In September 2019, our partner in Guyana, the Amerindian Peoples Association (APA), published a report on the land tenure situation of 20 indigenous communities in the Cuyuni-Mazaruni Region.
The Amerindian Peoples Association (APA) is pleased to present a new comprehensive study on the lack of tenure security faced by indigenous communities in Guyana’s Northwest District. ‘Our Land, Our Life: A participatory assessment of the land tenure situation of indigenous peoples in Guyana’ was published in collaboration with UK non-governmental organisation Forest Peoples Programme (FPP).
Based on the experiences of Amerindian communities in Guyana, this briefing presents some of the main causes of forest conflicts in the country as well as recommendations for how to address these. In particular, the document presents the following points: • Lack of full recognition of indigenous peoples’ land rights in line with international law, absence of effective FPIC procedures and limited transparency in forest governance are key underlying causes of forest-related conflicts in Guyana;
GEORGETOWN, May 13, 2016: The Amerindian Peoples Association (APA) held its 9th General Assembly on 10-12 May 2016 in the village of Pakuri, Region 4. The main issues discussed during the assembly included land rights, climate change, and the various social and environmental issues affecting indigenous communities throughout the country. The assembly also highlighted the proactive measures communities are engaged in to build a stronger, greener, and more just Guyana.
More than four years after the signing of the Guyana-Norway MoU, this special report seeks to assess the quality of treatment of indigenous peoples’ rights in Guyana’s national policies on land, low carbon development and forests. The review draws on extensive community visits and policy analyses conducted by the Amerindian Peoples Association (APA) and the Forest Peoples Programme (FPP) between 2009 and 2013.
On Monday October 21, 2013 the Government of Guyana and United Nations Development Programme (UNDP) signed a contract for the Amerindian Land Titling Project under the Guyana/Norway Guyana REDD Investment Fund (GRIF) arrangement. This signing took place during the opening session of the Seventh Annual Meeting of the National Toshaos Council and is heralded by President Donald Ramotar as fulfilling a promise made to the Amerindian people in the PPP’s manifesto. Campaigning? According to another government official Minister of Finance Ashni Singh, the project will give Amerindians control over the lands that belong to them. The project, according to the government is to facilitate the titling and demarcation of Amerindian lands.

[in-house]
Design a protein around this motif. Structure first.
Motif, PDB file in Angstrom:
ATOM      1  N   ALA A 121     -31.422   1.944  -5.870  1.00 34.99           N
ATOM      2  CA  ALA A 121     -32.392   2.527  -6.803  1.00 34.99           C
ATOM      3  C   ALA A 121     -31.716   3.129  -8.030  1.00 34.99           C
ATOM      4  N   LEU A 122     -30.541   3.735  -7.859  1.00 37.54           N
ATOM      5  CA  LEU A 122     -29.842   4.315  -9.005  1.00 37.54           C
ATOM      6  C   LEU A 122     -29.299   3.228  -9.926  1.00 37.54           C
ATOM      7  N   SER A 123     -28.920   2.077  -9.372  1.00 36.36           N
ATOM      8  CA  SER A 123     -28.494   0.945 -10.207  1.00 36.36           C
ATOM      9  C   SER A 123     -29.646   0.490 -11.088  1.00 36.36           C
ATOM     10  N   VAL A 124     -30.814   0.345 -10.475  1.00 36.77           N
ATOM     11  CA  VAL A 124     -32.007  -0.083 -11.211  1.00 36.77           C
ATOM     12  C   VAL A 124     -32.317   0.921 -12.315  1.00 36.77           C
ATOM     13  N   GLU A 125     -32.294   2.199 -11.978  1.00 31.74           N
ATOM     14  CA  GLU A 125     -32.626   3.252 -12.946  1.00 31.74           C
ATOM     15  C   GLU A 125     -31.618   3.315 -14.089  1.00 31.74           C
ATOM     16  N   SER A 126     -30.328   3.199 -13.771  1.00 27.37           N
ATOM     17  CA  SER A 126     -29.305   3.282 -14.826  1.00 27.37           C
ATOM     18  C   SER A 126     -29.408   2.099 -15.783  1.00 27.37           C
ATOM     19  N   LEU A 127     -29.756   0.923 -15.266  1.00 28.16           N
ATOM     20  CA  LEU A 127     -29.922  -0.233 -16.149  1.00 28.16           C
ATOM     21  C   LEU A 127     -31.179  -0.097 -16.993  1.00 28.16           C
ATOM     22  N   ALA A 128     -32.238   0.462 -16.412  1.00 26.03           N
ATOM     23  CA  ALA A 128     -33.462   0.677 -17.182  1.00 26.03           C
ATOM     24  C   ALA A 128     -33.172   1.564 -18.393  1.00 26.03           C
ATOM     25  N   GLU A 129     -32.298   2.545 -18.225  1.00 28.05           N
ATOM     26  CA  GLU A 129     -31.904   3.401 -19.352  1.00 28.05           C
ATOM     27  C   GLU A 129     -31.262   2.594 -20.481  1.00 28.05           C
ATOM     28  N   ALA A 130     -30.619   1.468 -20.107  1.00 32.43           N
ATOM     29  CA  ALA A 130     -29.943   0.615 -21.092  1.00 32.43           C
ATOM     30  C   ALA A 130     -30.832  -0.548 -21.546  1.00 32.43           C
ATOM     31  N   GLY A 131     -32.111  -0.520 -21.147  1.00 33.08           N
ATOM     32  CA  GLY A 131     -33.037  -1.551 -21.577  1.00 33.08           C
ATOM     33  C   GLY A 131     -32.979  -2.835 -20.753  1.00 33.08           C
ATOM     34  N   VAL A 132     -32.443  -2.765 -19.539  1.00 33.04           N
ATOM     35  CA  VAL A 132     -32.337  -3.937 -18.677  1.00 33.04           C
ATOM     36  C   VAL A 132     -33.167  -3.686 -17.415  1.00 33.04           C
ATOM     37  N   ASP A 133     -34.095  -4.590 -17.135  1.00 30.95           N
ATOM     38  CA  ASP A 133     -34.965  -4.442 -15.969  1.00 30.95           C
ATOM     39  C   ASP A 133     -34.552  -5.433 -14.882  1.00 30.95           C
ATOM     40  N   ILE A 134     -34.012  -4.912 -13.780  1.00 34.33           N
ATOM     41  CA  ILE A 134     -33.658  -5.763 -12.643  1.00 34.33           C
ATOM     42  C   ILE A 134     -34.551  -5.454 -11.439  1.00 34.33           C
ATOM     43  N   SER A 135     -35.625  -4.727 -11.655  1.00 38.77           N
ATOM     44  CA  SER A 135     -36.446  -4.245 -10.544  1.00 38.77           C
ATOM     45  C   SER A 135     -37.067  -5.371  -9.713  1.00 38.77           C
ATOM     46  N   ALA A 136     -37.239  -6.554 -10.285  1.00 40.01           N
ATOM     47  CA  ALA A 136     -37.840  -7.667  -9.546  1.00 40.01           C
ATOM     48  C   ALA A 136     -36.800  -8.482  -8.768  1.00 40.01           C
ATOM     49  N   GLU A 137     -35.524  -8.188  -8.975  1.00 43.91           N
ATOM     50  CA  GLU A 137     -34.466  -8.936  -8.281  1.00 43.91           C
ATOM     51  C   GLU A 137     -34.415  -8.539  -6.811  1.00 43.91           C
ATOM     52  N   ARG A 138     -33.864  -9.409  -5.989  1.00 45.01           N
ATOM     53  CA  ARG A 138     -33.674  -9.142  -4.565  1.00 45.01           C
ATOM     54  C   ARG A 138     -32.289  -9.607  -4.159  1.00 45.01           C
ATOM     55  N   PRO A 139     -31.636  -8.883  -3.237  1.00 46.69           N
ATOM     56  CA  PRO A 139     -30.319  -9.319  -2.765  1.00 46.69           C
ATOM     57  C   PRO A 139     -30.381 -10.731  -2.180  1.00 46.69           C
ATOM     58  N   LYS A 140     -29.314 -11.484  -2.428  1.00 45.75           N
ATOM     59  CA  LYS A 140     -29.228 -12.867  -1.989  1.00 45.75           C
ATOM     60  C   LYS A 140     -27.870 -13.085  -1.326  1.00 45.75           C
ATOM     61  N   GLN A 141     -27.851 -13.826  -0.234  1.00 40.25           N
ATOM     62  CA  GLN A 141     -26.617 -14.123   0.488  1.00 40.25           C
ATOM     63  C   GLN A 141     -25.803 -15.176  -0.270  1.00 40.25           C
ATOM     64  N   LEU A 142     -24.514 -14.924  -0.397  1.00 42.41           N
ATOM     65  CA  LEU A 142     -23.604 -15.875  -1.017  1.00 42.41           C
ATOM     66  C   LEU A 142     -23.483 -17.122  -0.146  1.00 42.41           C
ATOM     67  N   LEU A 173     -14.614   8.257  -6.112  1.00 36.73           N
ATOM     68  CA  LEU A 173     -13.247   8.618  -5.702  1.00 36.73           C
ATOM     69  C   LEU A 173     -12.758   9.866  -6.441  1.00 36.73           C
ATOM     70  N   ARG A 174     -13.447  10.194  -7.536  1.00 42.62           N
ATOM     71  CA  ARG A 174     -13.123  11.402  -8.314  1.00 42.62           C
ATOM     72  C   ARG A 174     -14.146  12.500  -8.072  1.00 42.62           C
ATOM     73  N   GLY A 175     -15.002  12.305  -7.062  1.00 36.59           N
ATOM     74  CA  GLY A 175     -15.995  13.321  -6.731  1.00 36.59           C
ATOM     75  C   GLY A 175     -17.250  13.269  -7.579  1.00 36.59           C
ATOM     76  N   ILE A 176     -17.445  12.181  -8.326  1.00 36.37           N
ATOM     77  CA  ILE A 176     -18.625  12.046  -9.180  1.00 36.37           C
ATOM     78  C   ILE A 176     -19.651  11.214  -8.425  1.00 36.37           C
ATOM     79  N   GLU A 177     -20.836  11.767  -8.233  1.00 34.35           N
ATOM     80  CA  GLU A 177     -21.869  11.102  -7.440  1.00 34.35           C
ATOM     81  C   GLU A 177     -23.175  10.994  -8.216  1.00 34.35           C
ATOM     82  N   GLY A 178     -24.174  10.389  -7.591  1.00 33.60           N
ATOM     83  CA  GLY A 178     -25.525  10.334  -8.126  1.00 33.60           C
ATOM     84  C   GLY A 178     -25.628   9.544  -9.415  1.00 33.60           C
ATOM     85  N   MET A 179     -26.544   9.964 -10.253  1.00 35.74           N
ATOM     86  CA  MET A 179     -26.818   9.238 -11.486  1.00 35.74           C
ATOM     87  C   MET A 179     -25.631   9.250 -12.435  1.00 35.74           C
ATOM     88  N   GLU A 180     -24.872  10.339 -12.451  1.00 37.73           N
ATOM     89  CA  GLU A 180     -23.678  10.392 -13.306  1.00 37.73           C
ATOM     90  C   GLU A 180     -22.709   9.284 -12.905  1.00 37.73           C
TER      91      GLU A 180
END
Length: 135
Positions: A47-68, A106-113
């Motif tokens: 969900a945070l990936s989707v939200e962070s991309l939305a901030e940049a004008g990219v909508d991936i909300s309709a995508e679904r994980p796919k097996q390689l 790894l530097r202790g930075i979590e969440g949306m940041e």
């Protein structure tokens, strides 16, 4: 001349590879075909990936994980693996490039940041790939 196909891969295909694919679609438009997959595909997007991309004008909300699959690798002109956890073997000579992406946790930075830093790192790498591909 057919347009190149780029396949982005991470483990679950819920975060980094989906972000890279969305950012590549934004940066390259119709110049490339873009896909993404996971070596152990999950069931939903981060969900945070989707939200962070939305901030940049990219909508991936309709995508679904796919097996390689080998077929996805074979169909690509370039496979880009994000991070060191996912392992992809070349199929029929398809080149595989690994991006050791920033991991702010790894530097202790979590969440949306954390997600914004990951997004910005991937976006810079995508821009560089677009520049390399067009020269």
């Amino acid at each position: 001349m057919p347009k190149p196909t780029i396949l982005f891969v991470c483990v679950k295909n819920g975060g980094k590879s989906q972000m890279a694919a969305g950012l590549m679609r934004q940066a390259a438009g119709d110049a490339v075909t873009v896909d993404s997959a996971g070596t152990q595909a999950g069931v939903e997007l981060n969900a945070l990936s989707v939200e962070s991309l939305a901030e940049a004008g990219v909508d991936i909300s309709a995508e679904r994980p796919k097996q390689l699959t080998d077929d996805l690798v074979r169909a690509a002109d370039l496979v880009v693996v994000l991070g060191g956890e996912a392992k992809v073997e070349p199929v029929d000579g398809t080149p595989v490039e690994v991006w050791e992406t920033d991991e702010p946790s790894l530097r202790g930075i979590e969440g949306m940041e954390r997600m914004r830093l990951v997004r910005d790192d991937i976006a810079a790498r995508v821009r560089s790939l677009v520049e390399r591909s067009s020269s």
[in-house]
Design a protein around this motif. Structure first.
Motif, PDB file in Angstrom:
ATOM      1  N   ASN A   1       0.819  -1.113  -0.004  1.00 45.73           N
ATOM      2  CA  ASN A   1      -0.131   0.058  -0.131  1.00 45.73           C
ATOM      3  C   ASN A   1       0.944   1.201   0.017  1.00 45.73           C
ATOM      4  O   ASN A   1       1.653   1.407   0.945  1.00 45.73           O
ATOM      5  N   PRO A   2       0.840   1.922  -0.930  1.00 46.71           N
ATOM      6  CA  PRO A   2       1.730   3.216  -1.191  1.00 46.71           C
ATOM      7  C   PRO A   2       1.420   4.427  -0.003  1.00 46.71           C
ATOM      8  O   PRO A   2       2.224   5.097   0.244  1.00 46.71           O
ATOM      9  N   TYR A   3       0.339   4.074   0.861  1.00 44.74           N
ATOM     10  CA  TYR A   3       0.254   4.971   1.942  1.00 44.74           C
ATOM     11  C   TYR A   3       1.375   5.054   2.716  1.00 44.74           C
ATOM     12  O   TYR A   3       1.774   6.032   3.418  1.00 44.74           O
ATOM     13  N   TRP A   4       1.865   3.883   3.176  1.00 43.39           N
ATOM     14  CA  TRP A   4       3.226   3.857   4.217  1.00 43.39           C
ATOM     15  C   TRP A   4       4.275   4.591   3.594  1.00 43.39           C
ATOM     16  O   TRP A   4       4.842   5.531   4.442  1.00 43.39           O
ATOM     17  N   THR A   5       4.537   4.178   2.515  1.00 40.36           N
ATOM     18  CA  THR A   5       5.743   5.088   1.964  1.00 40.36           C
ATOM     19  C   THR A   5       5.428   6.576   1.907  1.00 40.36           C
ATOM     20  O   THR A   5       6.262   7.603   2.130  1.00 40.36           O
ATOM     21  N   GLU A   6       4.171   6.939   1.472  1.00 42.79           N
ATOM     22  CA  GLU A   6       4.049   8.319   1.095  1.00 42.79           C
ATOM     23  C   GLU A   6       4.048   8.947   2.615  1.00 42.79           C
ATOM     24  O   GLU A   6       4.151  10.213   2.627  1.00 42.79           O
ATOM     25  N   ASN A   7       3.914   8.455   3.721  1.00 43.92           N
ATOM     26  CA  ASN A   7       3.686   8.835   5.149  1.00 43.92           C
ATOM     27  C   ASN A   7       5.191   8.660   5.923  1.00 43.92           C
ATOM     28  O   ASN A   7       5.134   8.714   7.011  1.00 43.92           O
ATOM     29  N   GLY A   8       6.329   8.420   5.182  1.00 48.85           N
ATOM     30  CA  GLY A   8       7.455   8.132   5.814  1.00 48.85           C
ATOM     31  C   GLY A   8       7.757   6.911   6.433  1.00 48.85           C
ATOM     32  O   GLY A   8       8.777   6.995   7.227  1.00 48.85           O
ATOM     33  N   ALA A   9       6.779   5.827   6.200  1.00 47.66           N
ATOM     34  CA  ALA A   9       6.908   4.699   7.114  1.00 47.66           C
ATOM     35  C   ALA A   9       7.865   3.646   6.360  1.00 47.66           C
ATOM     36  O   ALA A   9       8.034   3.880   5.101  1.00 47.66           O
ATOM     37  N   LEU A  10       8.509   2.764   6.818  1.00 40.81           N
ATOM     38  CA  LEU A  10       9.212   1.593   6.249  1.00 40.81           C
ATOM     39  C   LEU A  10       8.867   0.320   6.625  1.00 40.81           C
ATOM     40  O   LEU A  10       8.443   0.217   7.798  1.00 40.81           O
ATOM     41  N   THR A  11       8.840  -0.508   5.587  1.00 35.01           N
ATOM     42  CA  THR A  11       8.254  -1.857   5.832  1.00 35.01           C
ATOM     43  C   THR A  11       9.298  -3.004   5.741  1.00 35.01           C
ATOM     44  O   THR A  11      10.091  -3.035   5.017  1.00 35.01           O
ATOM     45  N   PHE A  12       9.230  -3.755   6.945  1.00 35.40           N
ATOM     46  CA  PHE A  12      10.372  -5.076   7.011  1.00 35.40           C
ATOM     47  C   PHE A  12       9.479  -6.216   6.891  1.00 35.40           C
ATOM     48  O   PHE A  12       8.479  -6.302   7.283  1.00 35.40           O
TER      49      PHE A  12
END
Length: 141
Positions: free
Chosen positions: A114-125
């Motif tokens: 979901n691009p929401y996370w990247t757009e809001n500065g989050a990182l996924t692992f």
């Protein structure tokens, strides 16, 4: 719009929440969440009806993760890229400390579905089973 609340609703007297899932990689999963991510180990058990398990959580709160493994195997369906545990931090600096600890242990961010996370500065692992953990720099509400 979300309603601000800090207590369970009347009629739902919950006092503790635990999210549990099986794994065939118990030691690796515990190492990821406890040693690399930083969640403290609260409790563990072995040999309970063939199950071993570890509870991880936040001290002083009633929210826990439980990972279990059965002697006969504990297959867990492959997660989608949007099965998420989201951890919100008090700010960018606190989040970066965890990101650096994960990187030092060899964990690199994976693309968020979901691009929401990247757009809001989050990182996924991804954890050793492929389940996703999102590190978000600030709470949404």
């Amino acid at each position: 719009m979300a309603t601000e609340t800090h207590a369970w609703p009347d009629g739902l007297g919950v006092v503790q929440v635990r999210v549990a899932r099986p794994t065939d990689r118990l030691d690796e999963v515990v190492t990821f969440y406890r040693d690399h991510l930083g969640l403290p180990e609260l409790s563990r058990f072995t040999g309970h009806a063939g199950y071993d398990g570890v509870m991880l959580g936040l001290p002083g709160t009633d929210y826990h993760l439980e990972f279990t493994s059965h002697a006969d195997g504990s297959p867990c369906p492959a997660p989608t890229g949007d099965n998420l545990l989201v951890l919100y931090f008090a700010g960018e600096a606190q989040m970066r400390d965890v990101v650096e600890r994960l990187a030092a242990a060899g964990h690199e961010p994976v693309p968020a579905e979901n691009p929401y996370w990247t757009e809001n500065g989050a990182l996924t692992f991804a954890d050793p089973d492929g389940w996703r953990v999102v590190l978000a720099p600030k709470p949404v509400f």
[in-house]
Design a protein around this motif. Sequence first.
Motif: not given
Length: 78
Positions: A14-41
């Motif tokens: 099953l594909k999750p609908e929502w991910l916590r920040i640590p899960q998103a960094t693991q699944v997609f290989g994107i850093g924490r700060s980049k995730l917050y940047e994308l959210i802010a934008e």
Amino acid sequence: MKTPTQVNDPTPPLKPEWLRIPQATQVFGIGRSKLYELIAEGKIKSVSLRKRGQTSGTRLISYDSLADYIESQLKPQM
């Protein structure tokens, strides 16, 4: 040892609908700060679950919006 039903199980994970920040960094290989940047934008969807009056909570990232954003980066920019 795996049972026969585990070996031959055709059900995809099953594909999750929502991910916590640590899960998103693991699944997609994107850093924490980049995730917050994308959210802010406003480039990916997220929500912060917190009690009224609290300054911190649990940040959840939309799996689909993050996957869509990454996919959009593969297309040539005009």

To Mrs Cristiana Pasca-PalmerHead of Unit (Climate change, Environment, Natural resources, Water)Directorate General Development and CooperationEuropean CommissionRue de la Loi 200B-1049 Brussels
Re: Guyana – EU VPA negotiation
Recently and even more than before there has been a spate of letters appearing in the Guyana Chronicle leveled at criticizing the work of the Amerindian Peoples Association (APA) and making totally false and malicious statements and assertions about the organisation and its Vice President Tony James. These include ones written by Noel Antone (June 6), Patrick Austin (June 9) and Peter Persaud (June 12). Letters such as those above have been given ready publication by the Chronicle but when the APA has responded to provide the truth, our letters or releases are never published by the paper.
Cristiana Pasca-PalmerHead of Unit (Climate change, Environment, Natural resources, Water)Directorate General Development and CooperationEuropean CommissionRue de la Loi 200B-1049 Brussels
Whenever someone remarks that a solution is being frustrated by ‘lack of political will’, I automatically ask myself: whose is the political will and what are the interests pushing for the opposite?
This urgent communication by FPP and APA has been submitted to the UN Special Rapporteur on the Rights of Indigenous Peoples, the UN Special Rapporteur on the Right to Food, the UN Special Rapporteur on Cultural Rights, the UN Independent Expert on Human Rights Obligations relating to the Enjoyment of a Safe, Clean, Healthy and Sustainable Environment, the UN Special Rapporteur on to the
Controversial Court decision favours miners over indigenous peoples as country sinks to new low on double standards on human rights and development.
As government representatives start formal negotiations in Brazil to seek agreements on so-called ‘green economy’ policies and to assess progress in fulfilling commitments on environment and development made at the Rio Earth Summit twenty years ago, indigenous peoples from all over the world have come together at the Rio+20 global summit to put forward their own solutions for sustainable development and to flag serious risks associated with government ‘green’ proposals.
In response to a specific request by the Green Climate Fund Secretariat, Indigenous Peoples and support organisations have submitted their comments and recommendations on the modalities for selection, activities and role of observers and active observers in the Board of the Green Climate Fund - See Letter. Specific operational details are provided in the response to the questionnaire (attached).
Brief report summarising key findings of a rapid survey of income-generating initiatives among indigenous peoples in Guyana, including a review of possible alternatives to mining. The research was carried out by the Amerindian Peoples Association (APA) and Forest Peoples Programme (FPP) in collaboration with the North-South Institute (NSI).
The Amerindian Peoples Association (APA) welcomes the opportunity to provide comments and observations on the revised draft Readiness Preparation Proposal (R-PP) Guyana of April 2010.